Controlled human infection models  (CHIMs) can be conducted using a variety of pathogens and specifically, the Human Viral Challenge (HVC) model has, for many decades, helped in the understanding of respiratory viruses and their role in disease pathogenesis. In a controlled setting using small numbers of volunteers removed from community exposure to other infections, this experimental model enables proof of concept work to be undertaken on novel therapeutics, including vaccines, immunomodulators and antivirals, as well as new diagnostics. Crucially, unlike conventional phase 1 studies, challenge studies include evaluable efficacy endpoints that then guide decisions on how to optimise subsequent field studies, as recommended by the FDA and thus licensing studies that follow.

Such a strategy optimises the benefit of the studies and identifies possible threats early on, minimising the risk to subsequent volunteers but also maximises the benefit of scarce resources available to the research group investing in the research. Inspired by the principles of the 3Rs (Replacement, Reduction and Refinement) now commonly applied in the preclinical phase, HVC studies allow refinement and reduction of the subsequent development phase, accelerating progress towards further statistically powered phase 2b studies.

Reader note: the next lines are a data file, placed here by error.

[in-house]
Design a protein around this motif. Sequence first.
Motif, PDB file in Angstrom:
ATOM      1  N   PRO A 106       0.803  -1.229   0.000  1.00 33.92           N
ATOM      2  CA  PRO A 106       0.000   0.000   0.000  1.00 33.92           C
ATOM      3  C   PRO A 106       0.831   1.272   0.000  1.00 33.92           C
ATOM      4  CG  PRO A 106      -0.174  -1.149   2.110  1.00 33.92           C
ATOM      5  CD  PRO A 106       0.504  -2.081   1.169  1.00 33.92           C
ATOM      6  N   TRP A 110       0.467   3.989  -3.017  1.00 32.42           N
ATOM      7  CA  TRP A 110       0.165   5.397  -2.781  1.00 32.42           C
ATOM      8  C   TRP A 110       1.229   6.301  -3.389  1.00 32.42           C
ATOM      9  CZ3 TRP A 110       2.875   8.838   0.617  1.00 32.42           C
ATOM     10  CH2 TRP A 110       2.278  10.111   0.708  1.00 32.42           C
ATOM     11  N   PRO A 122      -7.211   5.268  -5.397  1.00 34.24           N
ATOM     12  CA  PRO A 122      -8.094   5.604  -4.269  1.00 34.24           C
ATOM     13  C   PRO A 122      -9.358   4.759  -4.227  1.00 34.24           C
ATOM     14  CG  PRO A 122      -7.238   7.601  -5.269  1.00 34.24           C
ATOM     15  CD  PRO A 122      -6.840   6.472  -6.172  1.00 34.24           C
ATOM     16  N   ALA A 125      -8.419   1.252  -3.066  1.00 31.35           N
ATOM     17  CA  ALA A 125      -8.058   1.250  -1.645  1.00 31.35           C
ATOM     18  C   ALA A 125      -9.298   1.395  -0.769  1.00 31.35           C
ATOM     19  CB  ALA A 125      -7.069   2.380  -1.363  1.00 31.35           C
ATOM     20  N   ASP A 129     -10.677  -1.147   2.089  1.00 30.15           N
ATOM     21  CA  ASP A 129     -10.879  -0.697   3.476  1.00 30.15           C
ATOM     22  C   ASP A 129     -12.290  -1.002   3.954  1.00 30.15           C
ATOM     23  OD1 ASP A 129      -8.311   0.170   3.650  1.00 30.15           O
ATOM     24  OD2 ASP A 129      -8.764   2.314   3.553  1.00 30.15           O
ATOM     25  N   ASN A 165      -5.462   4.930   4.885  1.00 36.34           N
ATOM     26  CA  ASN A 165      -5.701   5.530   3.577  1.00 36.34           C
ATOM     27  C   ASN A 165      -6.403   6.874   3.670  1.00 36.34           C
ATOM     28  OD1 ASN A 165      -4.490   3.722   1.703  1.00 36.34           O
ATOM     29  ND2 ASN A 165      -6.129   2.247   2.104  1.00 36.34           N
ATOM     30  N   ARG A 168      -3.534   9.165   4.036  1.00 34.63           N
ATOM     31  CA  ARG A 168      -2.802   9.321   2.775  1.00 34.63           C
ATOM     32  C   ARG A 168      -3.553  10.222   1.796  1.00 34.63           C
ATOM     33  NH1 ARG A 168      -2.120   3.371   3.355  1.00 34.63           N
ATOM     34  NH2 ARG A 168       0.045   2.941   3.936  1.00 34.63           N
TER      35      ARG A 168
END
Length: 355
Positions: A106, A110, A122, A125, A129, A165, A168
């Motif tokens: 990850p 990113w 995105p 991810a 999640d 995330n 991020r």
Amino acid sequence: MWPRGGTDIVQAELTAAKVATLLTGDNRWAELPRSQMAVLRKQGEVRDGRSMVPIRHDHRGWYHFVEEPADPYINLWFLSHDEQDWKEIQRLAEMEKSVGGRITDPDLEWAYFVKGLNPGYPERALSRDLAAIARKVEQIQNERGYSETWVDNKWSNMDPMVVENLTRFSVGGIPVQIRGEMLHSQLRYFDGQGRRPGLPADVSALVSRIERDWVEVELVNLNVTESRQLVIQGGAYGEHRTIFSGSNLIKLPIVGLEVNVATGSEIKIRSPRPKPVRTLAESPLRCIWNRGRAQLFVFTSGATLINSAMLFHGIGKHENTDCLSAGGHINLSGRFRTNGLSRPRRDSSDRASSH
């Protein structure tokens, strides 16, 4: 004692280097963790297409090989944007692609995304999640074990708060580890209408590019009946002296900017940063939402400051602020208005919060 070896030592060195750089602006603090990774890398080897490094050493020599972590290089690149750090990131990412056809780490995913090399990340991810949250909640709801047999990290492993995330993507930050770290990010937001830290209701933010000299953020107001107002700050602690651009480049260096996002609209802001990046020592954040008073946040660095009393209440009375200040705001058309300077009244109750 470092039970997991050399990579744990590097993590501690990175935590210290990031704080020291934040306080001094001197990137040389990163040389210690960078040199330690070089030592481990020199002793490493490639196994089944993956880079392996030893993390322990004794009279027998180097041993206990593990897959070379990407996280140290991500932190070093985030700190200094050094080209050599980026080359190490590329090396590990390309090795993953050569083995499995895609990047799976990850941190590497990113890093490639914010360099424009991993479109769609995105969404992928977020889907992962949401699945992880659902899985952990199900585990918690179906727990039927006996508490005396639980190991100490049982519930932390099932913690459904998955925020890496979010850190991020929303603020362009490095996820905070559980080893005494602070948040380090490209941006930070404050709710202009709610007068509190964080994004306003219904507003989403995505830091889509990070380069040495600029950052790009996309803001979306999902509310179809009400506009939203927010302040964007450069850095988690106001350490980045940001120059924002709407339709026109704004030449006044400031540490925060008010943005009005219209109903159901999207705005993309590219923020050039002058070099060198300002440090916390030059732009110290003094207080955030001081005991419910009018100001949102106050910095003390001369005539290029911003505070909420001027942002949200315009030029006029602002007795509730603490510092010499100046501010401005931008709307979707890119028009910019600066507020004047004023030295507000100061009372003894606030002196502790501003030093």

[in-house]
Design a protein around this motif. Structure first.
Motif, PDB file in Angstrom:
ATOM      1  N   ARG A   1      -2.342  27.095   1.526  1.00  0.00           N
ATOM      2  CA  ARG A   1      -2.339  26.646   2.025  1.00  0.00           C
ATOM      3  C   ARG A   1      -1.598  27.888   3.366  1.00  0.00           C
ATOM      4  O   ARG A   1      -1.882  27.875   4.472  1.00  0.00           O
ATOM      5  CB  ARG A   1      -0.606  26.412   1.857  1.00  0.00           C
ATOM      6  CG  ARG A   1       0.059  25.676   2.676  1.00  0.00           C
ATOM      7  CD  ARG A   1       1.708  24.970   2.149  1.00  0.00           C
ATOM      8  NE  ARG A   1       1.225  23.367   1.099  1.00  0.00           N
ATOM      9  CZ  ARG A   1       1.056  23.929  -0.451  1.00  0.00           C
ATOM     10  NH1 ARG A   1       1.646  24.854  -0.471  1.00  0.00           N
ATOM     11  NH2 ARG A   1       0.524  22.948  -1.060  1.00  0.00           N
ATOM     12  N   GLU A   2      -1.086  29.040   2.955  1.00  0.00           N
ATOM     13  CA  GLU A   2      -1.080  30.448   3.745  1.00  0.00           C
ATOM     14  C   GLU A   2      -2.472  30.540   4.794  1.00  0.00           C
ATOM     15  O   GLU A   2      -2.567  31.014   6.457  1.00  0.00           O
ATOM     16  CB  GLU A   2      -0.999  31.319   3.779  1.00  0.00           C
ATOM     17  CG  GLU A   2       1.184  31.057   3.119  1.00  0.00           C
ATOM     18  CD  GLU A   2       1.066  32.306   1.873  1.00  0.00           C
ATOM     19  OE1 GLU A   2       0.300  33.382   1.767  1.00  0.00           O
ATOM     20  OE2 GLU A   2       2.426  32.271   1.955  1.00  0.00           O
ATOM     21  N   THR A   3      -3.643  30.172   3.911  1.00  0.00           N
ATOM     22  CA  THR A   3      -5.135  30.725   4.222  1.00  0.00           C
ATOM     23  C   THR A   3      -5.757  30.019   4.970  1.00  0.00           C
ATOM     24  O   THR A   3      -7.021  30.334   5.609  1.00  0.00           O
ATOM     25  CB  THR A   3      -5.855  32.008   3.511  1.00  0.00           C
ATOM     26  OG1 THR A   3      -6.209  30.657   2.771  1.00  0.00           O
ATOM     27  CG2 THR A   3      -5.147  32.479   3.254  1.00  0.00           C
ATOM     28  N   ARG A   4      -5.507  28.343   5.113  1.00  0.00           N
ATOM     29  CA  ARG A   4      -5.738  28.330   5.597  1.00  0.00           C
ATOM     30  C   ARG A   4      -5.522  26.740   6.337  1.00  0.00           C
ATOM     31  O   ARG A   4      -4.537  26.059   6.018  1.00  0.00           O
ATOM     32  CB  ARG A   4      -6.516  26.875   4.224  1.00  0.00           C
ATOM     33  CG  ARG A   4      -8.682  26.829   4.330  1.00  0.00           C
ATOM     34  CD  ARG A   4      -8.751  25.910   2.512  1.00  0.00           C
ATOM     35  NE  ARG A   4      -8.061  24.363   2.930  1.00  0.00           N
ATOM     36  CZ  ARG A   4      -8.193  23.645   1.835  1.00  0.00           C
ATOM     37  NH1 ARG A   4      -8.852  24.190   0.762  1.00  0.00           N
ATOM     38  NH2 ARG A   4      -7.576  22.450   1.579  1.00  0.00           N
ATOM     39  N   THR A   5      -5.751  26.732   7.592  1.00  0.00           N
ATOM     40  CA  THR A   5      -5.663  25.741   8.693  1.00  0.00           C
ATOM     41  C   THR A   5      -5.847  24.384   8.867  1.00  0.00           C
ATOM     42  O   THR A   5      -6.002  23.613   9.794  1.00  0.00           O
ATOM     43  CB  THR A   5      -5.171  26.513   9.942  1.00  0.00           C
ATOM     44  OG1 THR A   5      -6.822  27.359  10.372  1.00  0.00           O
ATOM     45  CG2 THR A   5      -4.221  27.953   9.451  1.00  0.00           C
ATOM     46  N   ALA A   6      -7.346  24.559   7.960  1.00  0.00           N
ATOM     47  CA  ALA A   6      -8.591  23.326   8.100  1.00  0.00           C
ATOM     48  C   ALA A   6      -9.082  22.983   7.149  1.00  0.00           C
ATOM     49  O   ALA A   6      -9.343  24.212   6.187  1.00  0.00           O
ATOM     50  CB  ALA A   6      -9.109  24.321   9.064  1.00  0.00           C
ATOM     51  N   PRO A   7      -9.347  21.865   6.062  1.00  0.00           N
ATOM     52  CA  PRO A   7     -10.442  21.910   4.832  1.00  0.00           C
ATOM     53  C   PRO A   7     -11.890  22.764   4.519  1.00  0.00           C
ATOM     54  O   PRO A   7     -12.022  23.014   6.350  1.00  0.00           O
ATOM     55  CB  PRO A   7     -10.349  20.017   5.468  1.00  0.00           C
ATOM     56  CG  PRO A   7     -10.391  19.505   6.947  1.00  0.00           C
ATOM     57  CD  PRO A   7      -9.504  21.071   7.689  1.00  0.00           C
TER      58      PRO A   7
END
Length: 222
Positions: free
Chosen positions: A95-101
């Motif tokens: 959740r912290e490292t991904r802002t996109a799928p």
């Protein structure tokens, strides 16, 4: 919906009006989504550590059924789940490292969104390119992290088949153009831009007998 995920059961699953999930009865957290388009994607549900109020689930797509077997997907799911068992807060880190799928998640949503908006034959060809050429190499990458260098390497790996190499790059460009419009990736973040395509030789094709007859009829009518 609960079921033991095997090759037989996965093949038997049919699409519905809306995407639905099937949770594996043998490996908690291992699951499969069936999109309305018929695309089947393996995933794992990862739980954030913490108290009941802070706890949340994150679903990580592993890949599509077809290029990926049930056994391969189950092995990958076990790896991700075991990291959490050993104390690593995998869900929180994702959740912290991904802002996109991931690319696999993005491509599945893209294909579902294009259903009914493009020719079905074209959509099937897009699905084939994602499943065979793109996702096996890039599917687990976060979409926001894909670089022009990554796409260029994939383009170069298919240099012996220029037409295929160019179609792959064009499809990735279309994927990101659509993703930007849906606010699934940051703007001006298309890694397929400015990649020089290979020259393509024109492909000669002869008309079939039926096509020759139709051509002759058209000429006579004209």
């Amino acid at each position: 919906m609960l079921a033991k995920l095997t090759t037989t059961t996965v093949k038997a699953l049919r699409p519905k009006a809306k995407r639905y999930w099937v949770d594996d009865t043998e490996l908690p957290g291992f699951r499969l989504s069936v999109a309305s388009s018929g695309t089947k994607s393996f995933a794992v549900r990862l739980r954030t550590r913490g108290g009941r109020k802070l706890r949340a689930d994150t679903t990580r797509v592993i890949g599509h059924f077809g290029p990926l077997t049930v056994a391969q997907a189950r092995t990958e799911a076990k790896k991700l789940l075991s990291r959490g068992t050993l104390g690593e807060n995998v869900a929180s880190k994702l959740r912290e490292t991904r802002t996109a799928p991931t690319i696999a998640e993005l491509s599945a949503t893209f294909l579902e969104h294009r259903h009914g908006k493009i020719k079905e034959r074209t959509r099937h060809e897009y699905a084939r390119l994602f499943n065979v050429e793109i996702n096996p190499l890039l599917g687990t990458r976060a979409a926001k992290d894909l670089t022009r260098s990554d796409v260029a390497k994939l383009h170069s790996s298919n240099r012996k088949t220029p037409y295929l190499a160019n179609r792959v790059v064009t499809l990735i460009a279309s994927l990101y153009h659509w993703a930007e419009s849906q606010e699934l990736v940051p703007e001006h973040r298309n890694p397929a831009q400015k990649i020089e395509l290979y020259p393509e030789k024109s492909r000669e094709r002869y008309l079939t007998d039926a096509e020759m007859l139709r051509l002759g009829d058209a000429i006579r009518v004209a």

The breadth of data generated from challenge studies allows for exploration of a wide range of variables and endpoints that can then be taken through to pivotal phase 3 studies. Dr Robert Lambkin-Williams and colleagues have been working on the HVC model for almost two decades.’s experience and expertise is not limited to just the HVC model, but includes;

  • Pre Clinical and Clinical work
  • Regulatory work
  • Clinical trial study design
  • Data analysis
  • Clinical trials reports
  • Literature reviews etc.